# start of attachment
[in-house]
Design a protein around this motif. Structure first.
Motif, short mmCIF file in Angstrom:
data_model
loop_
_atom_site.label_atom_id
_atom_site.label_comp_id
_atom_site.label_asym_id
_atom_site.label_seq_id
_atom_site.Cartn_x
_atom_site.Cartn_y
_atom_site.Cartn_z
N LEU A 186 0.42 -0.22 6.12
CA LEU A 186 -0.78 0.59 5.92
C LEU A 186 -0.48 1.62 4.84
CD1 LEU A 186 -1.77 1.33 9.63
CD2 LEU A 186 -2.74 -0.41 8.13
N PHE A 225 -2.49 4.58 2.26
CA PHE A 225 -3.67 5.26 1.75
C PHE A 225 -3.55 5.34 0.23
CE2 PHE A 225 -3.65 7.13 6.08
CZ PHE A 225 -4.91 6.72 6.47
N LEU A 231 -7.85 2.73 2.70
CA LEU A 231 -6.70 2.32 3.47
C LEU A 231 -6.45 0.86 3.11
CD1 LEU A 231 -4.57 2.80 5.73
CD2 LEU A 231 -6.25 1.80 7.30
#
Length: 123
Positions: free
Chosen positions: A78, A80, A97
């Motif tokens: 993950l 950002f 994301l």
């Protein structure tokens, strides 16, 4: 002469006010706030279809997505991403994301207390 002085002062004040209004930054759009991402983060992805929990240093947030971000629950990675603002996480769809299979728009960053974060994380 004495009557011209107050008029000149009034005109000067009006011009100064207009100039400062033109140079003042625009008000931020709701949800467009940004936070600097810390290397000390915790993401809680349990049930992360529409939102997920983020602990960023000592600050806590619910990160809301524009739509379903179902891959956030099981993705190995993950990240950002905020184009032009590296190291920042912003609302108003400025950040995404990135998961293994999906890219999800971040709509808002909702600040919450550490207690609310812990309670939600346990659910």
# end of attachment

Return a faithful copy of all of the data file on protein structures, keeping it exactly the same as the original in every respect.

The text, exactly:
[in-house]
Design a protein around this motif. Structure first.
Motif, short mmCIF file in Angstrom:
data_model
loop_
_atom_site.label_atom_id
_atom_site.label_comp_id
_atom_site.label_asym_id
_atom_site.label_seq_id
_atom_site.Cartn_x
_atom_site.Cartn_y
_atom_site.Cartn_z
N LEU A 186 0.42 -0.22 6.12
CA LEU A 186 -0.78 0.59 5.92
C LEU A 186 -0.48 1.62 4.84
CD1 LEU A 186 -1.77 1.33 9.63
CD2 LEU A 186 -2.74 -0.41 8.13
N PHE A 225 -2.49 4.58 2.26
CA PHE A 225 -3.67 5.26 1.75
C PHE A 225 -3.55 5.34 0.23
CE2 PHE A 225 -3.65 7.13 6.08
CZ PHE A 225 -4.91 6.72 6.47
N LEU A 231 -7.85 2.73 2.70
CA LEU A 231 -6.70 2.32 3.47
C LEU A 231 -6.45 0.86 3.11
CD1 LEU A 231 -4.57 2.80 5.73
CD2 LEU A 231 -6.25 1.80 7.30
#
Length: 123
Positions: free
Chosen positions: A78, A80, A97
């Motif tokens: 993950l 950002f 994301l």
């Protein structure tokens, strides 16, 4: 002469006010706030279809997505991403994301207390 002085002062004040209004930054759009991402983060992805929990240093947030971000629950990675603002996480769809299979728009960053974060994380 004495009557011209107050008029000149009034005109000067009006011009100064207009100039400062033109140079003042625009008000931020709701949800467009940004936070600097810390290397000390915790993401809680349990049930992360529409939102997920983020602990960023000592600050806590619910990160809301524009739509379903179902891959956030099981993705190995993950990240950002905020184009032009590296190291920042912003609302108003400025950040995404990135998961293994999906890219999800971040709509808002909702600040919450550490207690609310812990309670939600346990659910």